'It wasn't for me': Ash Barty conqueror's moment of pure class

Sofia Kenin dashed Australia's hopes of seeing Ash Barty break a 40-year drought at the Australian Open.

The American sealed her place in a first career grand slam singles final after knocking out Australia's World No.1 7-6 (8-6) 7-5 in their semi-final on Thursday.

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Barty was hoping to become the first Aussie woman since 1980 to make the final of her home grand slam tournament.

However, the 23-year-old fell agonisingly short after a heartbreaking straight sets defeat to Kenin in which she squandered two set points on serve, before going down to the American.

The majority of the crowd inside Rod Laver Arena were left stunned as the nation's great hope was bundled out of the tournament by the 14th seed.

Kenin - thrilled to have reached her maiden grand slam final - showed a touch of class after the match by apologising to fans for sending the hometown hero packing.

“She’s such a tough player. Of course, I'd like to first apologise to all of the Australian fans. I know they wanted her to win,” Kenin said.

“It's not easy for them. I beat world No.1. I'm so grateful and so happy. She played such a great match. She's a really great player.

The American was fully aware the majority of the crowd wanted her to lose, but loved the contest on Melbourne Park's centre court regardless.

“I loved playing in this atmosphere. I love Australia. It has a special place in my heart. Of course, I knew they were cheering for Ash.

Sofia Kenin and Ash Barty embrace after their Australian Open semi-final.
Sofia Kenin apologised to Aussie fans after beating Ash Barty in the semi-final.

“There was some interesting cheers. I liked it. But it wasn't for me. I just try to lock it out and focus on each point.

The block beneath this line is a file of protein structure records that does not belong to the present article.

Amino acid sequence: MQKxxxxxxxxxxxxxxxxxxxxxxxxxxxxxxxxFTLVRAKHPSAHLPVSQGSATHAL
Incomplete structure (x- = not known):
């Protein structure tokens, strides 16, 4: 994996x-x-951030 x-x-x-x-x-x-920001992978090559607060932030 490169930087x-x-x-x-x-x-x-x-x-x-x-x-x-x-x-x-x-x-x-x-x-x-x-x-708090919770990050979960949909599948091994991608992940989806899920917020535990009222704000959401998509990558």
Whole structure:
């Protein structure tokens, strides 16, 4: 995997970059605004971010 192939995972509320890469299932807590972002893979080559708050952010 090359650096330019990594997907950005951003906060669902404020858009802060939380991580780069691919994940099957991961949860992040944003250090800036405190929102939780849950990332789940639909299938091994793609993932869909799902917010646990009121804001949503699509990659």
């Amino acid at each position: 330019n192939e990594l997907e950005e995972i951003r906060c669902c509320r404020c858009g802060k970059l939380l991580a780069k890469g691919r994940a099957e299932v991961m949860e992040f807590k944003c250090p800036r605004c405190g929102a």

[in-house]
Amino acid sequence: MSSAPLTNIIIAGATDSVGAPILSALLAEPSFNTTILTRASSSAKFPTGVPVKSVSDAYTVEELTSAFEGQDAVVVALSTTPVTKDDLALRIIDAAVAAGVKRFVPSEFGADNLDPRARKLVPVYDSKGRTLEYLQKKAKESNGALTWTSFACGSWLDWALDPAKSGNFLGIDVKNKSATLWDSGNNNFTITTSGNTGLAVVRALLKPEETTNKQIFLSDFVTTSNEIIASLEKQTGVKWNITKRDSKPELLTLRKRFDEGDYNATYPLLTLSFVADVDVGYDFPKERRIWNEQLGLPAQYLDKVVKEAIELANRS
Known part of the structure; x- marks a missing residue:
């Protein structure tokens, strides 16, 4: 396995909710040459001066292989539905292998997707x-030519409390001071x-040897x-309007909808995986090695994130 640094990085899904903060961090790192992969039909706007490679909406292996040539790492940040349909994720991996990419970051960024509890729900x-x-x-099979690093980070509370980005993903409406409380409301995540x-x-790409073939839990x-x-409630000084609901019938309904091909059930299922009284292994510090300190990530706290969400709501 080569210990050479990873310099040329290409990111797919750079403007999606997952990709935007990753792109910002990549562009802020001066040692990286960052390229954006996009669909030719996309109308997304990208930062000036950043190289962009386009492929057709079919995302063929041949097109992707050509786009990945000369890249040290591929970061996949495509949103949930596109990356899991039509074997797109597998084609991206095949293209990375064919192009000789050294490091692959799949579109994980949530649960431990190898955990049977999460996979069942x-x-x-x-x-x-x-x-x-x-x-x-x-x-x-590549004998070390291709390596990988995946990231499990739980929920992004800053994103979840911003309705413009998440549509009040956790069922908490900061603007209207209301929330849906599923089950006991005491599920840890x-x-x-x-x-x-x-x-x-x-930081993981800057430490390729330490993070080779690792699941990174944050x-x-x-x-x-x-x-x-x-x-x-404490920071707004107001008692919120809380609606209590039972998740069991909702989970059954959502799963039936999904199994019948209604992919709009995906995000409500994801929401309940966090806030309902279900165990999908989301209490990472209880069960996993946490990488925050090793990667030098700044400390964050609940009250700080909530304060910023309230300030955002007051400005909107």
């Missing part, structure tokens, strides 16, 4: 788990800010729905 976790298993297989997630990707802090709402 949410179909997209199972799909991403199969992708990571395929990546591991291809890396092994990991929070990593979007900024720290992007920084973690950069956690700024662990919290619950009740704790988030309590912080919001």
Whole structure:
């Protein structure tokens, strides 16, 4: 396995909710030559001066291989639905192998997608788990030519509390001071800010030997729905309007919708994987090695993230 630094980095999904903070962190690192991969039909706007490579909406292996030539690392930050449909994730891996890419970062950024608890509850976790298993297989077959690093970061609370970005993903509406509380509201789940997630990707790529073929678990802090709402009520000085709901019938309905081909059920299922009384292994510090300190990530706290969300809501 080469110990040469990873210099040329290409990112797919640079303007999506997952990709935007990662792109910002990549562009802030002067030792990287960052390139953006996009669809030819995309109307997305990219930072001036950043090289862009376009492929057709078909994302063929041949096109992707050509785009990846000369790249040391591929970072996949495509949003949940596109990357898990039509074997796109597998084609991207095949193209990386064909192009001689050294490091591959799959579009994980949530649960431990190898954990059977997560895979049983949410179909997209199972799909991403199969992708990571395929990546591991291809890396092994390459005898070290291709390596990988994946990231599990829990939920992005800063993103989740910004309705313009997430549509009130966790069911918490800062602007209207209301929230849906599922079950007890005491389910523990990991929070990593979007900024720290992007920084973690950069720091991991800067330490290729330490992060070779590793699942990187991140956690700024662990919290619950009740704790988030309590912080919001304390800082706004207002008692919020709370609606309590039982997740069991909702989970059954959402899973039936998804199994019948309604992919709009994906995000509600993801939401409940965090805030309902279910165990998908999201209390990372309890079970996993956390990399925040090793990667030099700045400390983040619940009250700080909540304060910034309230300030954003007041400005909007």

“(The) atmosphere is amazing. It's why I'm playing. I'm working hard to play at this great stage, great atmosphere. I enjoyed every moment of it. Hopefully on Saturday it will be a lot more for me.”

Barty takes positives from ‘hell of a summer’

Barty's attitude was equally as commendable after the loss as she chose to focus on the incredible run to the semi-final rather than the heartbreaking defeat.

"It's been a hell of a summer," Barty said before tweeting a photo enjoying some quiet drinks with her family and tight-knit entourage.

"I mean, if you would have told me three weeks ago that we would have won a tournament in Adelaide, made the semi-finals of the Australian Open, I'd take that absolutely every single day of the week."

The French Open champion carried the hopes of a nation while trying to break Australia's 42-year title curse.

"I've learnt so much over the past month," Barty said.

"I've learnt from all of the experiences that I've kind of been thrown into. I've loved every minute.

"I won't wait a year to put those into practice. I'll put those into practice next week.

"The next time I walk out on court, the next time I kind of wake up in the morning, every experience you need to learn from. I've done that.

"I feel like as a team we've grown. We've enjoyed every single minute.

"I can't wait to get started for kind of the rest of the year.

"I feel like it's going to happen pretty quickly and we're going to be back sitting at this table with an Australian summer next year."

Barty will take a short break to take stock before returning to the court in Dubai, then head to the US for the American hardcourt swing.

"We kind of debrief it, we enjoy it, we celebrate it," she said of her Open campaign.

"You don't get these opportunities every single week. We get to enjoy the experiences that we've learned, the experiences that we've had over the last month.

"Then gear up for the next few tournaments, kind of the start of the US summer."

With AAP